Cardinal Health Revamps IT Organization

The $75 billion-a-year health care company consolidates and restructures its 1,600-person IT operation.

InformationWeek Staff, Contributor

May 19, 2006

4 Min Read

Finally, we incorporated project-management and measurement tools. We developed our first balanced scorecard to set goals as an integrated team, measure our progress, and publish our results. Metrics are collected on operational excellence, financial performance, client focus, and leadership development. We also began to rely on proven process-improvement tools, such as project and portfolio management and IT Information Library methodologies, to integrate this new IT model.

We knew that once we were integrated, it would be essential to have a delivery model for key IT services that were common across the entire company. Without it, we couldn't measure service levels, manage the consistency of experience, or find ways to be more efficient.

To get started, we established a catalog detailing the services Enterprise IT would offer and the levels of support provided. We managed our users' expectations by setting a delivery standard, which typically equates to the number of days it would take to fulfill each request. We also defined service-level agreements for resolution of issues and for availability of critical systems.

When an internal business customer experiences a problem, a case is opened and an expectation is set for when it will be resolved. If the time is too long for the customer, we have a clear escalation process to provide quicker response. For critical systems, we developed availability targets to meet the business needs. We now measure availability from the customer's point of view.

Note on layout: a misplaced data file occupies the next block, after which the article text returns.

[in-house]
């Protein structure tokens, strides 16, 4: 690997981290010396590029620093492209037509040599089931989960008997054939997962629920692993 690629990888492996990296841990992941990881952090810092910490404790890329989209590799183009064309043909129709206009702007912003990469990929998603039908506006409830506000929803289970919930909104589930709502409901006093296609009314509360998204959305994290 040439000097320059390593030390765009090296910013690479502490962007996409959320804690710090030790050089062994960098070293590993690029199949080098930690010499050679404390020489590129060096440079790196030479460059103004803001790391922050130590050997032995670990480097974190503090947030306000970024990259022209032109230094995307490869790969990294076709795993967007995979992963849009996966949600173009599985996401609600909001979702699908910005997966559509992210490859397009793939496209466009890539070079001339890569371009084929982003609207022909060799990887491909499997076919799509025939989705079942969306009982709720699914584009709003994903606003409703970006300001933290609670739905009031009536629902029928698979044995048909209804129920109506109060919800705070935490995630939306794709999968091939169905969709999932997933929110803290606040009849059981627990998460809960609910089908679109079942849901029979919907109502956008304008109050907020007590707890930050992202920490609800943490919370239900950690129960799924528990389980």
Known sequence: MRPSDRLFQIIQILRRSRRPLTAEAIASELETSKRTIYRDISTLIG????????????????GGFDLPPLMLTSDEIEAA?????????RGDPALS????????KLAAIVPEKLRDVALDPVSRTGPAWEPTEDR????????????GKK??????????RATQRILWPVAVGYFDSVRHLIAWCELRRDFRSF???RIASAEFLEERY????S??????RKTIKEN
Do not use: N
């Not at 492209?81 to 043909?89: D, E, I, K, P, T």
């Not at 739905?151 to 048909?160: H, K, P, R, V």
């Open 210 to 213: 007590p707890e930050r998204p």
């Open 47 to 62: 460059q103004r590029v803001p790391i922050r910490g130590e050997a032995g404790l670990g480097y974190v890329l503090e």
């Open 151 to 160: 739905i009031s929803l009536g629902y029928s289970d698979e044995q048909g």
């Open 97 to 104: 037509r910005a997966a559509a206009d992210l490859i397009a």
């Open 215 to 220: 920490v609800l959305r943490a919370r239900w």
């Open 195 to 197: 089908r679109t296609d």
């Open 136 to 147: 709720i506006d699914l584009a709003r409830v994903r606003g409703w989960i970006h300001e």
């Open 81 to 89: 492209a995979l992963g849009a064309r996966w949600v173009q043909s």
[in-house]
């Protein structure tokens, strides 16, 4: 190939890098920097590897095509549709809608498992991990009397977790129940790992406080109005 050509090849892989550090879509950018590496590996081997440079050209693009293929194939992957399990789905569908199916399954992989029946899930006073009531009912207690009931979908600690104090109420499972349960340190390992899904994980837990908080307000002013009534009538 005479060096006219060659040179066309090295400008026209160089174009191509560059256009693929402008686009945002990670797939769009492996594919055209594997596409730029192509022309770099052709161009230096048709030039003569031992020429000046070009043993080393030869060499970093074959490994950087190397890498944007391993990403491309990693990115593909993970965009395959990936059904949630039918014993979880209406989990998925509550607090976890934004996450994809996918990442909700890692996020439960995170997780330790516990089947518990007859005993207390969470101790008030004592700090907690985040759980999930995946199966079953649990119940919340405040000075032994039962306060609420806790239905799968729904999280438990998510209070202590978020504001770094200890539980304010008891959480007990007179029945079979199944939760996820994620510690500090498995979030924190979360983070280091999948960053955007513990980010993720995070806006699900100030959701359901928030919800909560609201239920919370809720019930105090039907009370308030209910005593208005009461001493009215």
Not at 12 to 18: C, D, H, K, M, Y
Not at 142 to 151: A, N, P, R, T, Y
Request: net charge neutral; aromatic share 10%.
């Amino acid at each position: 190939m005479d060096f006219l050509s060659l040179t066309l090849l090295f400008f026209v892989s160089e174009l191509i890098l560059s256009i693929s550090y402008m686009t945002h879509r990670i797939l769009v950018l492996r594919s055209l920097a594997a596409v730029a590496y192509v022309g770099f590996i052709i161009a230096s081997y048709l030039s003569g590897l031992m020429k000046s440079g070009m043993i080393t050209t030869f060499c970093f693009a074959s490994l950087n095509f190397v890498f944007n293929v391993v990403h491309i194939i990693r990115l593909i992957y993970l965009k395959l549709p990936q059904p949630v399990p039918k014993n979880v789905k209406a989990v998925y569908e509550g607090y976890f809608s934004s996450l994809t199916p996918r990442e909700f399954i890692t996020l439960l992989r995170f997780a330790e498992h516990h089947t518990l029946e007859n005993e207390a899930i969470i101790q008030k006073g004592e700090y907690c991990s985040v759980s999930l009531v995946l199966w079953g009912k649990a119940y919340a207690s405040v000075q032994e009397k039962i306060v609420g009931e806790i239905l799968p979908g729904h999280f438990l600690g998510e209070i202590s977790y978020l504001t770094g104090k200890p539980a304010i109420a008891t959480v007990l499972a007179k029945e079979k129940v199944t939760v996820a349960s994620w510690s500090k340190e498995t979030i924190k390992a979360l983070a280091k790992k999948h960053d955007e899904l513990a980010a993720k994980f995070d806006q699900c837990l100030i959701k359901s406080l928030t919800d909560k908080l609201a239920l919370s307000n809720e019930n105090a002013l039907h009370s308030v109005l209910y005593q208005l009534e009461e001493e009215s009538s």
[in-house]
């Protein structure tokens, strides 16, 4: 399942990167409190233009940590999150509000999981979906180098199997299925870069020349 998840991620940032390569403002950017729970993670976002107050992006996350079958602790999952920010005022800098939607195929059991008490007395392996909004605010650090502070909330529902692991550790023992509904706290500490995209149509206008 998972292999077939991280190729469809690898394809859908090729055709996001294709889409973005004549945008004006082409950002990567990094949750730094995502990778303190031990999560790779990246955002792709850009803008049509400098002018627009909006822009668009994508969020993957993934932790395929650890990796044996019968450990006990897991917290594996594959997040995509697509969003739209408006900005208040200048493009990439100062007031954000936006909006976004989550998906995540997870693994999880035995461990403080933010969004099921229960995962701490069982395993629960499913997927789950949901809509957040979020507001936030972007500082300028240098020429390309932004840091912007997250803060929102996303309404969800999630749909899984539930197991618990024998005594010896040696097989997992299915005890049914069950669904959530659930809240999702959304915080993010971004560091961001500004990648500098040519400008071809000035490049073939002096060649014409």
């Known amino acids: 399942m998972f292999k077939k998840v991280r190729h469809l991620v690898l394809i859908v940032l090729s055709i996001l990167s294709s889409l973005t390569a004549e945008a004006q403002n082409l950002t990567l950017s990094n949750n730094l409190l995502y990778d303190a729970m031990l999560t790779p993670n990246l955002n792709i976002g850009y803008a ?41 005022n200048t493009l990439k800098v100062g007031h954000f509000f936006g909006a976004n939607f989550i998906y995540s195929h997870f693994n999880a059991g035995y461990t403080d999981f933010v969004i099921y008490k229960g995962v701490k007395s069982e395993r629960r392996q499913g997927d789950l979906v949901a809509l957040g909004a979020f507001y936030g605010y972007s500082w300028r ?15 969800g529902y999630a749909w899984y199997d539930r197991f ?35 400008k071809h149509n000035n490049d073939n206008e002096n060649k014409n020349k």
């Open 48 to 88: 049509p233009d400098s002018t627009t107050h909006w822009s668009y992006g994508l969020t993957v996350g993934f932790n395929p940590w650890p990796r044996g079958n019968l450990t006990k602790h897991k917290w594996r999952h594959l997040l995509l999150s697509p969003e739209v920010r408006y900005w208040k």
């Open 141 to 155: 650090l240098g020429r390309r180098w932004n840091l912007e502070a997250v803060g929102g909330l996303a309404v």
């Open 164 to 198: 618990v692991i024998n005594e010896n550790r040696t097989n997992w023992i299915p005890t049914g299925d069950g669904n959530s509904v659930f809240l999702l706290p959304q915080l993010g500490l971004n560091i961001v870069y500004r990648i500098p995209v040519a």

Real Results
This common Service Delivery Model helps us benchmark protocols and work, including equipment orders, managing our help desk, tracking system availability, and even clearing viruses. We now track the work of all 1,600 IT team members to achieve consistency and deliver results, and we've established metric guidelines for them.

Through these operational excellence initiatives, we've seen dramatic results. Service delivery performance improved by 25% during the first four months, driving client satisfaction to 93%.

Fitness Takes Work

Cardinal's path to establishing its common service-delivery model:

We've reduced the number of data centers from 42 to seven, and our eventual goal is two. We've consolidated 15 disparate help desks and technical customer-support groups into one central location; this supports nearly 500,000 annual calls and cases for more than 125,000 customers, such as pharmacists and hospital administrators, as well as employees. These calls now average just 45 seconds and are resolved 79% of the time within the service center. The call-tracking tools were cut from more than 10 to one. We no longer have dozens of desktop hardware vendors and cellular providers--just a few industry leaders.

There also was a fair amount of culture change required. Business units previously had a live support team to "tap on the shoulder" when problems arose. This model was responsive, but it also was expensive, and we had no way of tracking issues to fix the root cause. Now, all service calls come in through our help desk, a major change in the way some of our clients work with us.

While we've come a long way in the past 15 months, we're not claiming victory yet. We have work to do to improve the Service Delivery Model. On the plus side, we have metrics that help us focus on where real improvement is needed. Beyond that, we've just committed to a multiyear migration to a standard, companywide ERP system from SAP; it's a key component of Cardinal Health's ongoing business transformation. We'll use Lean and Six Sigma to drive these efforts.

The IT integration, though massive, is really just a small portion of the One Cardinal Health initiative that began in 2004. Ultimately, it will result in an integrated operating company better able to serve our health care customers.

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